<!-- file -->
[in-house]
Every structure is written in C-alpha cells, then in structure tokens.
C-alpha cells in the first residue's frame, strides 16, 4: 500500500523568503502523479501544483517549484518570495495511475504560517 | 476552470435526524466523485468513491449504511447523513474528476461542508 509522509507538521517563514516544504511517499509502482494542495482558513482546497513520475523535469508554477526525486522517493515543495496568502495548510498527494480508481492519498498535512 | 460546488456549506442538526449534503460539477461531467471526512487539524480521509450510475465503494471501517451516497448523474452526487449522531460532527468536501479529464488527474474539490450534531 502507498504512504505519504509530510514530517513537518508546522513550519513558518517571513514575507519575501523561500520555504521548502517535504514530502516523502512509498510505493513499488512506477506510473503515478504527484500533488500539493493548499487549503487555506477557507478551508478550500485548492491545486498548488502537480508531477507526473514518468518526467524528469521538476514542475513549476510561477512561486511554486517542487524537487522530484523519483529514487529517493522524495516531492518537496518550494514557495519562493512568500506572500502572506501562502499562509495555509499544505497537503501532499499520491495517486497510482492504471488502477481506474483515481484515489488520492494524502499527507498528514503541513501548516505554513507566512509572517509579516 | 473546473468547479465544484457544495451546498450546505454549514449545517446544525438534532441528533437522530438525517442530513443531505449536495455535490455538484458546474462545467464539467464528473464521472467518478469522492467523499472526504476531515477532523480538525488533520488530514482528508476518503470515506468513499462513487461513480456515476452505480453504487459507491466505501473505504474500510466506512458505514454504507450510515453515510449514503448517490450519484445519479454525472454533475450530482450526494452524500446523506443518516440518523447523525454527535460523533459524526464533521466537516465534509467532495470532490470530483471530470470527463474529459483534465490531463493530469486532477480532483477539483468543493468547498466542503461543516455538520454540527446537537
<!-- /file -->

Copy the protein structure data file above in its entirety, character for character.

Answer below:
[in-house]
Every structure is written in C-alpha cells, then in structure tokens.
C-alpha cells in the first residue's frame, strides 16, 4: 500500500523568503502523479501544483517549484518570495495511475504560517 | 476552470435526524466523485468513491449504511447523513474528476461542508 509522509507538521517563514516544504511517499509502482494542495482558513482546497513520475523535469508554477526525486522517493515543495496568502495548510498527494480508481492519498498535512 | 460546488456549506442538526449534503460539477461531467471526512487539524480521509450510475465503494471501517451516497448523474452526487449522531460532527468536501479529464488527474474539490450534531 502507498504512504505519504509530510514530517513537518508546522513550519513558518517571513514575507519575501523561500520555504521548502517535504514530502516523502512509498510505493513499488512506477506510473503515478504527484500533488500539493493548499487549503487555506477557507478551508478550500485548492491545486498548488502537480508531477507526473514518468518526467524528469521538476514542475513549476510561477512561486511554486517542487524537487522530484523519483529514487529517493522524495516531492518537496518550494514557495519562493512568500506572500502572506501562502499562509495555509499544505497537503501532499499520491495517486497510482492504471488502477481506474483515481484515489488520492494524502499527507498528514503541513501548516505554513507566512509572517509579516 | 473546473468547479465544484457544495451546498450546505454549514449545517446544525438534532441528533437522530438525517442530513443531505449536495455535490455538484458546474462545467464539467464528473464521472467518478469522492467523499472526504476531515477532523480538525488533520488530514482528508476518503470515506468513499462513487461513480456515476452505480453504487459507491466505501473505504474500510466506512458505514454504507450510515453515510449514503448517490450519484445519479454525472454533475450530482450526494452524500446523506443518516440518523447523525454527535460523533459524526464533521466537516465534509467532495470532490470530483471530470470527463474529459483534465490531463493530469486532477480532483477539483468543493468547498466542503461543516455538520454540527446537537